Video game makers are stepping in to facilitate this transition in other ways too. Microsoft is offering its ‘Smart Delivery’ plan for certain games, which allows consumers to buy the Xbox One version of a game now, and then also get a version for Xbox Series X/S once they upgrade their console later on. Though Sony does not have a branded name for its software upgrade plan, it is also offering free upgrades for purchasers of certain PS4 games to the PS5 version later on. Third-party software publishers have also been quick to recognize the predicament for consumers, and are offering free cross-generational upgrades for various titles they are releasing directly to gamers, helping ensure that they can carve out market share now even before their audience has the means to acquire a 9th gen device.
And lastly, Microsoft has brought back the Xbox All Access plan, providing cost-conscious consumers the opportunity to get an Xbox Series X/S, a subscription to a library of games with Game Pass, and the ability to stream those games on other devices for a monthly price of $24.99 (for Series S) or $34.99 (for Series X).
Importantly, the COVID-19 pandemic is far more than a global health crisis. In the six months that we’ve been living with the virus, it has affected every aspect of daily life. It’s also having a crippling effect on businesses, the economy, unemployment rates, consumer sentiment and people’s ability to make ends meet. For consumers, the pandemic has birthed two primary consumer types: insulated and constrained. And while insulated consumers have not been directly affected by COVID-19 (health or financially) the way constrained consumers have, they may opt to shift to more mindful spending habits simply to be cautious. However, although the video game industry is in tumultuous times with a great deal of uncertainty and unexpected issues, consumers’ fervor for the latest and greatest games is a steady constant. The new consoles, the cross-generational transitions from publishers, subscription programs and new streaming platforms are all various ways to achieve the same end goal; to serve up software. As Bill Gates once famously said, and other forms of media have proven, regardless of all the different platforms and consumption models available… “content is king.”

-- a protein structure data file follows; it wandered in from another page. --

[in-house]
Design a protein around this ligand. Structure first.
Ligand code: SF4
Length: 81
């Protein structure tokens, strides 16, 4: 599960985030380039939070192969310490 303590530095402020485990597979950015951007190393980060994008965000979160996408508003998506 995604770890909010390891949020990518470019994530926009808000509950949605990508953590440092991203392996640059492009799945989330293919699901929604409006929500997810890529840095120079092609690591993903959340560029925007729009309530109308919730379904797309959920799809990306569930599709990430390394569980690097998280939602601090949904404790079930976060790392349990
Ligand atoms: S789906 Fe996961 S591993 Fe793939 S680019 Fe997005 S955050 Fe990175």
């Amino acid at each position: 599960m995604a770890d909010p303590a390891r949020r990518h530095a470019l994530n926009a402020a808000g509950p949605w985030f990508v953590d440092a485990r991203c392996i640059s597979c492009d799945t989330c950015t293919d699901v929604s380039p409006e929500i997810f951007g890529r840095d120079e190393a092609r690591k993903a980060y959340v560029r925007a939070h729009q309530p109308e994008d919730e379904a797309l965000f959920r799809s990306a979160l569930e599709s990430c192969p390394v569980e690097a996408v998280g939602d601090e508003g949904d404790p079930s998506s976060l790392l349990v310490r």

Nielsen Game Rank™
Nielsen Game Rank™ represents an index of the overall anticipation level among gamers on each platform, based on a combination of several key measures (including awareness, interest, urgency, consumer rating and others). The index values reflect how strong the overall anticipation level is for the title, relative to the pre-release anticipation levels of all previous titles that released on the platform(s). For example, a Game Rank of 90 indicates that after considering a combination of various consumer measures, and taking into account how far the game is from releasing, the current overall anticipation for the game is higher than 90% of previous games on the same platform(s), at that same point in the pre-release cycle.
For the 2020 analysis, published Sept. 1, 2020, more than 80 different games were considered. These games were expected to release from Sept. 1, 2020 – Dec. 31, 2020. The games with a Game Rank™ of 70 or above were included in the list. Values shown for multi-platform titles are averages of the values from each release platform. The data measures were collected by surveying over 6,000 active gamers between the age of 7 and 54, from July 12, 2020 – Aug. 15, 2020.